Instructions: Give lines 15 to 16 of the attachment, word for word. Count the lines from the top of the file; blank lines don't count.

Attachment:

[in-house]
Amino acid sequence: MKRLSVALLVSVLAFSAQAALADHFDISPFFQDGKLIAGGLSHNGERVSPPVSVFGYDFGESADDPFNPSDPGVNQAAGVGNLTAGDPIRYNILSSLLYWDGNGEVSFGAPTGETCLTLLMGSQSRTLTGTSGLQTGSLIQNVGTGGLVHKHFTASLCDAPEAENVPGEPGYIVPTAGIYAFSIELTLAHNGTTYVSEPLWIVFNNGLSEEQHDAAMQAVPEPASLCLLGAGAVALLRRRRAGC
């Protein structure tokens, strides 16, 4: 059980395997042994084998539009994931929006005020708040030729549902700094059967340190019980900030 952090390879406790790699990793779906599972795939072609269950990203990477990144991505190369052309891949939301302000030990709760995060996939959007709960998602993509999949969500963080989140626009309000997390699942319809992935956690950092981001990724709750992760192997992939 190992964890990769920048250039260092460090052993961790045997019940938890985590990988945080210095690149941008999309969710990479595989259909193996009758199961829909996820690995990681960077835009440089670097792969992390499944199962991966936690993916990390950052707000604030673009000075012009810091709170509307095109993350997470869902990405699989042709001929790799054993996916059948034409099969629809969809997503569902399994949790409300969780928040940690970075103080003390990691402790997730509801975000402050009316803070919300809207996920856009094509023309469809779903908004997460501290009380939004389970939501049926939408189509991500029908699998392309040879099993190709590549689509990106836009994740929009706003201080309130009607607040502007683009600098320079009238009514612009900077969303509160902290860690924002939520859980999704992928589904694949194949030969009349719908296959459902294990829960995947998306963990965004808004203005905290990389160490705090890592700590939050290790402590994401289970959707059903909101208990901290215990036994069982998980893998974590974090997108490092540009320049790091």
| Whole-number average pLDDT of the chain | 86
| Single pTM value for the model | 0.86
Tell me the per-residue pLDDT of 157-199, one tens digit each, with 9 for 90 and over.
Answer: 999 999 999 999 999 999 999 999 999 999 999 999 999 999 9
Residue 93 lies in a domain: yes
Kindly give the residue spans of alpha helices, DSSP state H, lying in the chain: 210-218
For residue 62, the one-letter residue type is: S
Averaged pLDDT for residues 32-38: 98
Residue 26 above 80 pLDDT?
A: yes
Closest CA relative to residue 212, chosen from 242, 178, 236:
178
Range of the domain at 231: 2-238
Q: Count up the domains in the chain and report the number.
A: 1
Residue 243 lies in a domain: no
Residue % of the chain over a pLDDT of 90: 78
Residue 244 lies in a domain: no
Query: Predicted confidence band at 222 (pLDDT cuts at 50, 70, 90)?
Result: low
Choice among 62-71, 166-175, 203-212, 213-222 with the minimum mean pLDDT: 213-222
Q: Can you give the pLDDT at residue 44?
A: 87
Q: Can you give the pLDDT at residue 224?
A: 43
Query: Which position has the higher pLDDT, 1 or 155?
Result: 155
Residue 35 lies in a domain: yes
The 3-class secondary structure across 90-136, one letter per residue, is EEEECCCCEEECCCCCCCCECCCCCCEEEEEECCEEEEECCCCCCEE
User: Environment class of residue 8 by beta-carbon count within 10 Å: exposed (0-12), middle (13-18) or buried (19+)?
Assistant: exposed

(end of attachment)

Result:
178
Range of the domain at 231: 2-238